So all of these things, same with crate things. We teach crate   and because there’s gonna be tons of crate things to be integrated, you might want to create your dog all the time. That’s fine. But if your dog breaks a leg, and it has to be in the crate and they’ve never been in one before, you really created a difficult situation for your dog. Well, I think all of these things, like, kind of explain to people in their time. And I have to explain these are the reasons that they’re important and get that buy-in. So there are people who think they have to come in earlier when I ask them all these questions, they are like, No my dog has never done a recall, off-leash. I don’t know if my dog would come around distractions. How do you get your dog’s attention? I have no idea what these things are. They think things are fine. I think I’m gonna do the basic class. And then sometimes they can skip the basics too. Maybe they’ve done some of it in the past and now they can apply what they learned in the basic one class and all they do is obedience skills. We find that they get a lot farther than if they were to do it the other way around. We’re getting people into significantly further steps doing from finishes and attention around a lot of the distractions. And 20 foot recalls. they can’t get to the handlers fast enough. They’re not hesitating because they built a simulation of the bond first, everything else becomes just basic as I have other trainers say, it’s just another trick. Anything you want to do with your dog, is just another trick. Walking on a loose leash, it’s really just another trick. And that makes sense. Once you think about the bond and the communication, just another trick like I would never consider sitting just another trick. Like for me, that’s basic. And so I think of tricks, as in some of the stuff you’re doing with the sports and the agility and things of that nature. So again, I think it’s just a mind shift thing for me is what I’m leaning towards with all of that.

 One of the things that I am always really curious about is you guys do puppy training and then adult training. So my question to you is what is the main difference when you’re working with puppies versus working with adult dogs? When you have puppy training, you’re talking about a dog that is physically under four months and under maybe six months and under. We have puppies in our class, six months and younger. What you’re really doing with the puppy is your building that communication. When you have puppies that are certain ages, they have these fear and phases. They really need to learn that the world is a safe place to explore. They don’t, at that age, have baggage that you need to say, OK, well, maybe they’re already at the end of the leash, barking. They’re kind of a blank slate, and it’s a wonderful opportunity to show them, through socialization, that the world is a safe place. So doing everything from having them walk on a different surface to hearing different noises, to meeting different people to having a playtime, where they recall off the play and come back to their handlers. And then they get to go and play again. So they learn, hey, recalls are just a wonderful thing and you could do that because puppies they’re still playing. Adult dogs can’t always play together. Not every dog is going to want to play with other dogs. And that’s perfectly fine. When we have adult dogs that come into training, say from the shelter, we don’t always have their background. Our primary objective when we get started, they’re just like the puppies, is to build their communications and the safety in the world. We’ll do it in a different way, where the dogs are learning more to focus on their handlers, as they’re kind of security blanket almost, in the world. So they come out of the shelter, they come out of wherever they were before, and they’re not quite sure what has been going on. But we still need to teach them, the human is their go-to for everything, but they’re not always going to need all of this exposure to all of these different things. A lot of times they’ve already walked into the services. They’ve already heard different sounds and got all of that, and we don’t have any other background.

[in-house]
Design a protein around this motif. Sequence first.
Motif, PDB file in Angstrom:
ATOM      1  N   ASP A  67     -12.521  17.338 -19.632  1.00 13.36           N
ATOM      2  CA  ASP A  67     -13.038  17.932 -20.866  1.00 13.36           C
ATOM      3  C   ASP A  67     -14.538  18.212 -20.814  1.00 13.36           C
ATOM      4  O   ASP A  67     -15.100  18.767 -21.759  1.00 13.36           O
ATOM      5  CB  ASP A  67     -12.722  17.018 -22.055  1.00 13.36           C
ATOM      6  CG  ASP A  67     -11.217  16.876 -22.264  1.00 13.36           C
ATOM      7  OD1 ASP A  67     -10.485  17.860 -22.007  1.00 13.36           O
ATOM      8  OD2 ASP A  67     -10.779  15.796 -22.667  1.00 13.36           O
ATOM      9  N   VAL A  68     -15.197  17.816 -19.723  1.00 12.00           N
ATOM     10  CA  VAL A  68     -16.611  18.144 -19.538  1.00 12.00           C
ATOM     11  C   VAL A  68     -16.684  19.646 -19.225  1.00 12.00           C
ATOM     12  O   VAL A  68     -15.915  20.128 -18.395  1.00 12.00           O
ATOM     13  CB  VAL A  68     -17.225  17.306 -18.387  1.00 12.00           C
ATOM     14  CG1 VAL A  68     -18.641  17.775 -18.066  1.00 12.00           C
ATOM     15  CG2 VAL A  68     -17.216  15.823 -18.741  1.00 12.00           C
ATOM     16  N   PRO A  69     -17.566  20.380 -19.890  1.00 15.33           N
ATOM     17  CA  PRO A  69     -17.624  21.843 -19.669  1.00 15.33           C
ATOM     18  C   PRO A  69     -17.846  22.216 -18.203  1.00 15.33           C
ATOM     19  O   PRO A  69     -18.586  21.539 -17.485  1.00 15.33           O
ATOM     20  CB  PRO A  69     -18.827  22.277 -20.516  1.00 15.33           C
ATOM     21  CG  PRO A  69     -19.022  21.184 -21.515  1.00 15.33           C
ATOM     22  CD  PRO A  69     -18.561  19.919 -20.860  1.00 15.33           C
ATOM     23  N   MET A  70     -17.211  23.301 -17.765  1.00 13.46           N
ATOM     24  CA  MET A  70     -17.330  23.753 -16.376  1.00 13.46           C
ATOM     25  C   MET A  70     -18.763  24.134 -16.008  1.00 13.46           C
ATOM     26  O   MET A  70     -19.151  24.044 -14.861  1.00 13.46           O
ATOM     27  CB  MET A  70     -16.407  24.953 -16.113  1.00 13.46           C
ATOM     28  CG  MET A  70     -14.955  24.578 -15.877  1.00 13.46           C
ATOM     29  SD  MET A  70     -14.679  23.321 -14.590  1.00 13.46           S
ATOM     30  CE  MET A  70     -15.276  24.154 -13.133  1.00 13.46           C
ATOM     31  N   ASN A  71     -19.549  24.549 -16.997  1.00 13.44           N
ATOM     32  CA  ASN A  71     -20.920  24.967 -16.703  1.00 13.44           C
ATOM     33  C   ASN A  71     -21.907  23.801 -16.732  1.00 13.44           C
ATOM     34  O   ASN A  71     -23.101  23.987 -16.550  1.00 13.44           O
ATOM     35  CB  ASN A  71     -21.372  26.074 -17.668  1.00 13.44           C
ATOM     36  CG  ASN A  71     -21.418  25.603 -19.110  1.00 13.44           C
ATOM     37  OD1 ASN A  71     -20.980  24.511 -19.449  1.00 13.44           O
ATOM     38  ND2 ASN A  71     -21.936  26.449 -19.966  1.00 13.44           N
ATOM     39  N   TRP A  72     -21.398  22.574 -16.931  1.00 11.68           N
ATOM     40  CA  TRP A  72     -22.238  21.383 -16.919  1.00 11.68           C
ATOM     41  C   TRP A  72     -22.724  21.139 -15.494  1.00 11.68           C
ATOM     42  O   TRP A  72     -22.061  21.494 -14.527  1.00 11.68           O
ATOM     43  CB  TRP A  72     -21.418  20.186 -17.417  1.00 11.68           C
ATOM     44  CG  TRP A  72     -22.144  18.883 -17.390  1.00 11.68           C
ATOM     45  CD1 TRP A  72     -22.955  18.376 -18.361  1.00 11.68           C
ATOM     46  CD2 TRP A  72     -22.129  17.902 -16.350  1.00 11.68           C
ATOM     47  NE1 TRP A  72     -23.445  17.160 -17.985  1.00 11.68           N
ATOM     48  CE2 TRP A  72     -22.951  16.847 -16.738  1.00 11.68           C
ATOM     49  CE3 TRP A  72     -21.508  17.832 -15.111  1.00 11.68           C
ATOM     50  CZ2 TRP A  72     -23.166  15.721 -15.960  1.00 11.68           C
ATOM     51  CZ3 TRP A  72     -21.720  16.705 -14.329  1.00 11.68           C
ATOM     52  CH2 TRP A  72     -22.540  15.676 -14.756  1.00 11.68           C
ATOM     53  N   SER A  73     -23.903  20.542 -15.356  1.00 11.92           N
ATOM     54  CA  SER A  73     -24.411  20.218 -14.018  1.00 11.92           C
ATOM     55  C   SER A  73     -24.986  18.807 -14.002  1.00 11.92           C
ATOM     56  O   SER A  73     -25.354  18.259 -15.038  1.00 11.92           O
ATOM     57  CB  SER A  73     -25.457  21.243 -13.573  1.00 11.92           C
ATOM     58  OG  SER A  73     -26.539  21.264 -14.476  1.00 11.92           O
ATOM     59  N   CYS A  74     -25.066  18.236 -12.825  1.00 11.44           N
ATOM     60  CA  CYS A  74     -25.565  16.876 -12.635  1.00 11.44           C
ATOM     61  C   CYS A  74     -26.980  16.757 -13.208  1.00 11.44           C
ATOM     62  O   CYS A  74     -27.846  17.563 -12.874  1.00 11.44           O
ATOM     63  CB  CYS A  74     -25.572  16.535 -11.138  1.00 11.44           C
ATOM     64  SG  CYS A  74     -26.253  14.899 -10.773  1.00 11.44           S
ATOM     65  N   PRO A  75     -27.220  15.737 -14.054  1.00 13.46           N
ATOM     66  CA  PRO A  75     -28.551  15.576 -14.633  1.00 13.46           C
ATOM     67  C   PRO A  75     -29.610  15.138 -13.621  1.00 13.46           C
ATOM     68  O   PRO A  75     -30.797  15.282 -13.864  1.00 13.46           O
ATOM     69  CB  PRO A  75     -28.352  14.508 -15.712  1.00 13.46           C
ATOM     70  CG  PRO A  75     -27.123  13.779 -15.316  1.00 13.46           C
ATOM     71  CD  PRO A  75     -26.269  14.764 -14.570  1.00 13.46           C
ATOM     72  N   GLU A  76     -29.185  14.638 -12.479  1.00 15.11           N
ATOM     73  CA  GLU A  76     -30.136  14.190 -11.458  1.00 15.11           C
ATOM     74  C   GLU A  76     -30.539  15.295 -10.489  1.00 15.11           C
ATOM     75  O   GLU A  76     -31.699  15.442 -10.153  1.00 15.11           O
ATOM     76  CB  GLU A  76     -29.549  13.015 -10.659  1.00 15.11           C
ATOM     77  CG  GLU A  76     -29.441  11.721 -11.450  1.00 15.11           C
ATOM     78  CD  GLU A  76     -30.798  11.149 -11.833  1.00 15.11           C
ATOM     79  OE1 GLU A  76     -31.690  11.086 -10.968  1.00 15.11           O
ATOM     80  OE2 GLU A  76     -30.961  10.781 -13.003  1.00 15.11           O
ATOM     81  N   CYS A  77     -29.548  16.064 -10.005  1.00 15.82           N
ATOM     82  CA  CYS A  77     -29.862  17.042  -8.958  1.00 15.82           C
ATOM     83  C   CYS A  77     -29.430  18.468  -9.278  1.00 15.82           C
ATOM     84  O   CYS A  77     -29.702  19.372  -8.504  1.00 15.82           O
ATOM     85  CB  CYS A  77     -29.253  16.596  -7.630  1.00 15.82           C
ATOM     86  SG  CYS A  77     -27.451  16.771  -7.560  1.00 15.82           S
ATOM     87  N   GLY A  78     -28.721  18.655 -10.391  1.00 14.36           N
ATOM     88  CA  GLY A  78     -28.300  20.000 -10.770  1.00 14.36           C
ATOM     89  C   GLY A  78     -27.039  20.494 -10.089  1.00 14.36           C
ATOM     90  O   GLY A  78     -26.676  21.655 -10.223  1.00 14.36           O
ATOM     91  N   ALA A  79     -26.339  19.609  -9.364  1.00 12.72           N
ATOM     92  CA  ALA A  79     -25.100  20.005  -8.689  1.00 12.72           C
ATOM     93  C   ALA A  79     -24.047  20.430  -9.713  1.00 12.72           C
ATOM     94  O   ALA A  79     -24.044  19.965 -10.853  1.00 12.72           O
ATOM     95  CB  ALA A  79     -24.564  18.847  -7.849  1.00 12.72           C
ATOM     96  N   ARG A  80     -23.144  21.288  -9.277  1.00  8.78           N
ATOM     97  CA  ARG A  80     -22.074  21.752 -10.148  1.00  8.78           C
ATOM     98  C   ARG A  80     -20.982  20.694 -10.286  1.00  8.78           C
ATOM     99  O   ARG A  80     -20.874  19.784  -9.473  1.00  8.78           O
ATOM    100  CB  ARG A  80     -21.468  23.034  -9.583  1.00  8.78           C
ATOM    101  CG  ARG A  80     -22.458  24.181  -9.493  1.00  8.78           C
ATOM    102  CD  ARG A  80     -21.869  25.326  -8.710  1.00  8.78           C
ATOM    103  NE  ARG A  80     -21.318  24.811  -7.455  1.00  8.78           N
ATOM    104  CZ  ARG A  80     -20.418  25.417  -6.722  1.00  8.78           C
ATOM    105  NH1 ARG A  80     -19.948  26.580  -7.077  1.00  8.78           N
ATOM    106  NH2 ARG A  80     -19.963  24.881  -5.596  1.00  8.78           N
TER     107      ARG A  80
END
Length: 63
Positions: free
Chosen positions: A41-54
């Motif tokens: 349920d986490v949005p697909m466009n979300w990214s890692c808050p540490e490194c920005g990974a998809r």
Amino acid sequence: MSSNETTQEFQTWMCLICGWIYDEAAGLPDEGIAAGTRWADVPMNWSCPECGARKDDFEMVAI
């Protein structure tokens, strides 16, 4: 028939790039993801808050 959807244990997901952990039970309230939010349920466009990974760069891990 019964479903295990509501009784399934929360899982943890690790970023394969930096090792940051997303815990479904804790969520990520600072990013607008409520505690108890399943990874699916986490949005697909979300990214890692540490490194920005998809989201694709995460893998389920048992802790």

But we build up their confidence in a different way, and sports can be a great way. Puppies are really good at learning a lot of the basic sports, even if they’re not physically able to do the sports themselves. They can learn a lot about the actual field, for example, facilities without any of the equipment. And if you’re doing something like rally or other sports, puppies are like little sponges and they want to just learn everything that their human has to offer. It’s a wonderful opportunity to be teaching them a lot. Yeah, we often get people in asking when they should start with the puppies and the answer is your puppies are learning from the time they were born. Whatever you’re doing, they’re learning. Whatever you’re not doing, they’re learning. You have a puppy and you have them in the crate for eight hours a day, and then you walk them and then you put them back in the crate, they’re learning. What are they learning? You need to ask you about what they’re learning. If you’re not specifically teaching them with your own goals in mind, they’re learning from their environment, and we’re learning from the things that you do and you’re not aware of what they’re learning if you’re not thinking about it. Well, we want to be teaching them all of the wonderful things that are good about being little, while they’re still that blank slate and they’re not worried about things and they don’t get any of that baggage. The more we can get ahead of that stuff, the better. I think that’s a really good question, and I hope everyone with animals listening to this is really thinking about that, right. It’s like a child. They absorb everything around them and we create habits and routines. And we learn from that. And so I think that is a good question for dog owners to ask themselves. What am I teaching them? Yes, and what are they learning? If you’re not teaching them anything, they’re learning about the surroundings.